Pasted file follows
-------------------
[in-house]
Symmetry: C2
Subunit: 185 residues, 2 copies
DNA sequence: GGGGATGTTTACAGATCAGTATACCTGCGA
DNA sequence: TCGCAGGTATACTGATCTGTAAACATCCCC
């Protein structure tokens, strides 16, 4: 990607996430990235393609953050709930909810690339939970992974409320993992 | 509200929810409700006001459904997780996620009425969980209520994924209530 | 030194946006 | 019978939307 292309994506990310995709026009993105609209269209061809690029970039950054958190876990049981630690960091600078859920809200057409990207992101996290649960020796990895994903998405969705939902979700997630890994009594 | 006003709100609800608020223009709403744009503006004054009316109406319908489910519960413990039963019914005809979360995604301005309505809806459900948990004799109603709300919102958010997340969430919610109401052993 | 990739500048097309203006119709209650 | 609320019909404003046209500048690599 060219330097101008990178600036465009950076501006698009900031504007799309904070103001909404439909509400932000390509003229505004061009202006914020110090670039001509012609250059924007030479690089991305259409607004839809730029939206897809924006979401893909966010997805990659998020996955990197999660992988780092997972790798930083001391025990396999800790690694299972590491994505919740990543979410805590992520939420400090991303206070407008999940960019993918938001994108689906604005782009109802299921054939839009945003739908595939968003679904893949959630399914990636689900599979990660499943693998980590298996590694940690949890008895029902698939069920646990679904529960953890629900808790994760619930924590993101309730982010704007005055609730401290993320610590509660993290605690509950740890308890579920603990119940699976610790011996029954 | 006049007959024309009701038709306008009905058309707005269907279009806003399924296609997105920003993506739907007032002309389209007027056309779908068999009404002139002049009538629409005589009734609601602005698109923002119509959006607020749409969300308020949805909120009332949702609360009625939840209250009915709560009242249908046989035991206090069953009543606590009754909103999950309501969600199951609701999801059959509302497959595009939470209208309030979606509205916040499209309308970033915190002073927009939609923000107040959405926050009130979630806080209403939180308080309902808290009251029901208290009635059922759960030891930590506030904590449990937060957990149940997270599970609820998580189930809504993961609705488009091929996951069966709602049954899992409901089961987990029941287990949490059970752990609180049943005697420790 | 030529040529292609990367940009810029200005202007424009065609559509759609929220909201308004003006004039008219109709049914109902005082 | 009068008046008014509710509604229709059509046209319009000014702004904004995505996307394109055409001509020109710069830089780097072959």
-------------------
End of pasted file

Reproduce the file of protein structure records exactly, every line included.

[in-house]
Symmetry: C2
Subunit: 185 residues, 2 copies
DNA sequence: GGGGATGTTTACAGATCAGTATACCTGCGA
DNA sequence: TCGCAGGTATACTGATCTGTAAACATCCCC
């Protein structure tokens, strides 16, 4: 990607996430990235393609953050709930909810690339939970992974409320993992 | 509200929810409700006001459904997780996620009425969980209520994924209530 | 030194946006 | 019978939307 292309994506990310995709026009993105609209269209061809690029970039950054958190876990049981630690960091600078859920809200057409990207992101996290649960020796990895994903998405969705939902979700997630890994009594 | 006003709100609800608020223009709403744009503006004054009316109406319908489910519960413990039963019914005809979360995604301005309505809806459900948990004799109603709300919102958010997340969430919610109401052993 | 990739500048097309203006119709209650 | 609320019909404003046209500048690599 060219330097101008990178600036465009950076501006698009900031504007799309904070103001909404439909509400932000390509003229505004061009202006914020110090670039001509012609250059924007030479690089991305259409607004839809730029939206897809924006979401893909966010997805990659998020996955990197999660992988780092997972790798930083001391025990396999800790690694299972590491994505919740990543979410805590992520939420400090991303206070407008999940960019993918938001994108689906604005782009109802299921054939839009945003739908595939968003679904893949959630399914990636689900599979990660499943693998980590298996590694940690949890008895029902698939069920646990679904529960953890629900808790994760619930924590993101309730982010704007005055609730401290993320610590509660993290605690509950740890308890579920603990119940699976610790011996029954 | 006049007959024309009701038709306008009905058309707005269907279009806003399924296609997105920003993506739907007032002309389209007027056309779908068999009404002139002049009538629409005589009734609601602005698109923002119509959006607020749409969300308020949805909120009332949702609360009625939840209250009915709560009242249908046989035991206090069953009543606590009754909103999950309501969600199951609701999801059959509302497959595009939470209208309030979606509205916040499209309308970033915190002073927009939609923000107040959405926050009130979630806080209403939180308080309902808290009251029901208290009635059922759960030891930590506030904590449990937060957990149940997270599970609820998580189930809504993961609705488009091929996951069966709602049954899992409901089961987990029941287990949490059970752990609180049943005697420790 | 030529040529292609990367940009810029200005202007424009065609559509759609929220909201308004003006004039008219109709049914109902005082 | 009068008046008014509710509604229709059509046209319009000014702004904004995505996307394109055409001509020109710069830089780097072959």